City Lit Blog

Expert advice for people with interiorised/covert stammering…

Story added 22nd Nov 2018


Our speech therapy department at City Lit often receive enquiries about a type of stammering called interiorised or covert stammering. This isn’t surprising given (as far as we know) we’re the only specialist centre offering a course uniquely for people with this type of stammering. 

Here are some frequently asked questions answered by Carolyn Cheasman, one of the members of our speech therapy team: 

What is interiorised stammering?

It’s a type of stammering which is classically characterised by someone having high levels of fluency, strong negative feelings about stammering and high levels of avoidance. Whilst the level of observable stammering varies, some people with interiorised stammering hide it so much that few if any people know, so it is often a big secret in people’s lives.

What would be your best advice to someone with interiorised stammering who is starting to think about having therapy?

I would say go and talk to someone and get some specialist advice. If you are starting to think about having some therapy then it is likely that you’ve reached the stage of realising that the disadvantages of your hiding strategies are starting to outweigh the advantages. Just take that first step of talking to a speech and language therapist and take it from there. You can get advice without committing to anything else but if you don’t take that first step change is less likely to happen.

What do people work on if they join one of your courses?

Our courses cover a wide range of topics including stammering therapy, mindfulness and cognitive behaviour therapy. Broadly speaking you work on really getting to know all aspects of your stammering – not just the physical behaviours but you learn about the thoughts, feelings and avoidance behaviours that with interiorised stammering often form the bigger part of the difficulty. Stammering is often likened to an iceberg with a smaller observable/audible tip.  This is the overt part that other people can see and hear and a much bigger hidden or covert part which includes thoughts, feelings and avoidance. With interiorised stammering it is often just the very tip that shows and the vast majority is internalised. Having got to know your stammering you then work on the thoughts, feelings and avoidances – this is done in a very gradual manner and we call it desensitisation. The aim of desensitisation is reduce difficult thoughts and feelings and increase openness and acceptance. The final part of the course, modification, is where you learn strategies to help you to reduce the physical tension you have when you stammer.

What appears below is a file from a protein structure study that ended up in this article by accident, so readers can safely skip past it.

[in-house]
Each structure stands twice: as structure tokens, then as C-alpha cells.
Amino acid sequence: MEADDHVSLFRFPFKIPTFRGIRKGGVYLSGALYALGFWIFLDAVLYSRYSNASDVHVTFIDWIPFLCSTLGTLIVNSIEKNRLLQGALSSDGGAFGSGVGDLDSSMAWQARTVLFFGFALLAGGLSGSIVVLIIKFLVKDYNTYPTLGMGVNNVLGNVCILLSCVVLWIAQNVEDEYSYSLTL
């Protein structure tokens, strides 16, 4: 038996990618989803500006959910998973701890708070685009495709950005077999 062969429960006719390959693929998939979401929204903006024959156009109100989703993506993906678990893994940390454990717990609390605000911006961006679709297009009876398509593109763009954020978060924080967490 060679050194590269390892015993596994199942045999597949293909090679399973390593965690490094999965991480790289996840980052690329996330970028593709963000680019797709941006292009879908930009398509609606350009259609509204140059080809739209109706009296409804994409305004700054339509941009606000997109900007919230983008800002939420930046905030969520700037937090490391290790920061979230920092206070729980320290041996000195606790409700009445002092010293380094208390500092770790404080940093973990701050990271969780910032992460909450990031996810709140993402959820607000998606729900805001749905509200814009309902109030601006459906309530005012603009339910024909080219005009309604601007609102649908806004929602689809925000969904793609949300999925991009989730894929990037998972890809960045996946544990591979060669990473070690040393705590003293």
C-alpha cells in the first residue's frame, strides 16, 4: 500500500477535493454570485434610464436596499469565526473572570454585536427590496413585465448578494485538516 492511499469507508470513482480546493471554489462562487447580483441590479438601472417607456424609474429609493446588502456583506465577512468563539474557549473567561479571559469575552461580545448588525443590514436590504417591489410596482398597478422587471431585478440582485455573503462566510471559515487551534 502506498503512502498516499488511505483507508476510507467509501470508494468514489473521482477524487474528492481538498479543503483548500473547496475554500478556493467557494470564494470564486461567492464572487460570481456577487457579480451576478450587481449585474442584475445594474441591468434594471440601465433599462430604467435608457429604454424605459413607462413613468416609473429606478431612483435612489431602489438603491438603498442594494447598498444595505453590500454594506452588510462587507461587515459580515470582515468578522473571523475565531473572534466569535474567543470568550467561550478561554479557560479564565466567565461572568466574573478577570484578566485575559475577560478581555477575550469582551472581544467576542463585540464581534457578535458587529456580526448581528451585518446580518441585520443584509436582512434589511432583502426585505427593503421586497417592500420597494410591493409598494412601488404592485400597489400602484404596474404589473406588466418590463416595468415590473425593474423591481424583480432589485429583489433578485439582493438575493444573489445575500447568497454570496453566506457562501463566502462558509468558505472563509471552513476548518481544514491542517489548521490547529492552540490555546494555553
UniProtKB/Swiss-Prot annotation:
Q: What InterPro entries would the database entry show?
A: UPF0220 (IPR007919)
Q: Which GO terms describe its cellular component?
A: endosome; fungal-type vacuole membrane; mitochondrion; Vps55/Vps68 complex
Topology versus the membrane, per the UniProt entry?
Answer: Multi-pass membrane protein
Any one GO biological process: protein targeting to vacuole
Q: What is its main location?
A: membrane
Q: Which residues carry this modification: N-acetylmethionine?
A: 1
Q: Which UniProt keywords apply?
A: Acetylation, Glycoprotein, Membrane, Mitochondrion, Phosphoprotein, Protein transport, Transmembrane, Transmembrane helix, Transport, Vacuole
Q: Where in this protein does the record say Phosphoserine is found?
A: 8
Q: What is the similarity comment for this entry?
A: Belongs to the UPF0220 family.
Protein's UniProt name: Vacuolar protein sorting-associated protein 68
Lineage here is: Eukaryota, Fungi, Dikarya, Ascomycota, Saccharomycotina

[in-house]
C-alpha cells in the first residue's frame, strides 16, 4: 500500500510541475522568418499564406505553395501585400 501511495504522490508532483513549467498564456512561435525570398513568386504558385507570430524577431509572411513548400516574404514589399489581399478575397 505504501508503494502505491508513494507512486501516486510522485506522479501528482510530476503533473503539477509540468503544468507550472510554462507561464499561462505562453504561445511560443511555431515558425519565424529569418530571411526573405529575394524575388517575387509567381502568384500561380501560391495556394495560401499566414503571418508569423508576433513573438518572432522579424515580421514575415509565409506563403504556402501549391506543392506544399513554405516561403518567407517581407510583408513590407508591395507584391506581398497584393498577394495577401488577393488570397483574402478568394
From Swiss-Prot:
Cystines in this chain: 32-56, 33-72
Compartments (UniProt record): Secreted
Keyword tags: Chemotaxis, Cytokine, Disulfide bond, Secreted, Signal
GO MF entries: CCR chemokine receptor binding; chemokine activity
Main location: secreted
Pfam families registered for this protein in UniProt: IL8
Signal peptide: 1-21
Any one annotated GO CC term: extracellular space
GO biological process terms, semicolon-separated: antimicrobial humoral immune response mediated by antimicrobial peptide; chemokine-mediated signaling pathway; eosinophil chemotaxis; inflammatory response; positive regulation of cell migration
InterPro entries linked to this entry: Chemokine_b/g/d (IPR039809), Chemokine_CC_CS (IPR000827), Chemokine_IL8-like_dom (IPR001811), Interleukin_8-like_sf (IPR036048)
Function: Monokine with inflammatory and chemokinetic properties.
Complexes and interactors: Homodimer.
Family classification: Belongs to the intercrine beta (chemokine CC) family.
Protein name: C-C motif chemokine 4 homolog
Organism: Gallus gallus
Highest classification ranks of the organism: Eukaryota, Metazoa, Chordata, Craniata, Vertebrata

Why do you think group therapy is valuable for people with interiorised stammering?

I think that group work is helpful to many people who stammer whether it is interiorised in nature or not.  It is extremely therapeutic to meet with and work with others who share many of your experiences. Groups also enable people to practise new skills in front of more than one person and it is easier to replicate situations that you are likely to find outside of therapy. City Lit is the only centre in the world, to our knowledge, that provides groups specifically for people with interiorised stammering and I think this is especially powerful. People with interiorised stammering often don’t identify with people who stammer more obviously and yet at the same time they know that they are not fluent speakers. So, although they might appear fluent for much of the time they don’t identify with this group either. So, to finally meet others who they really do identify with immediately enables them to feel less different and more empowered to take up the challenge of therapy. 

 

We are running our next interiorised stammering course in January:

Feedback from our students...

Matt – Interiorised stammer course

'The thought of sitting in a room full of people talking about my stammer was terrifying, and I spent a long time coming up with all manner of good reasons why I didn't have to do the course. Thankfully I eventually signed up, and I can honestly say it has changed my life.

It helped me admit to myself I had a stammer, and for the first time in my life I could share my experiences with people who genuinely understood what I had been through. I also learned some useful things about stammering, about the world of speech and language therapy and about how to understand and manage my own emotional and physiological reaction to my stammer.

The course is very challenging, but it is easily one of the most valuable things I have ever done in my life.'

 

Rebecca – Stammering therapy evening course – freedom to speak

'I have benefitted enormously from the Interiorised Stammering 24-week course. I wasn’t sure in the first session, because of my fear of speaking in groups, but I am so glad I did it. This fear itself began to diminish during the course, as I became more comfortable speaking up in the group, and enjoyed it too.'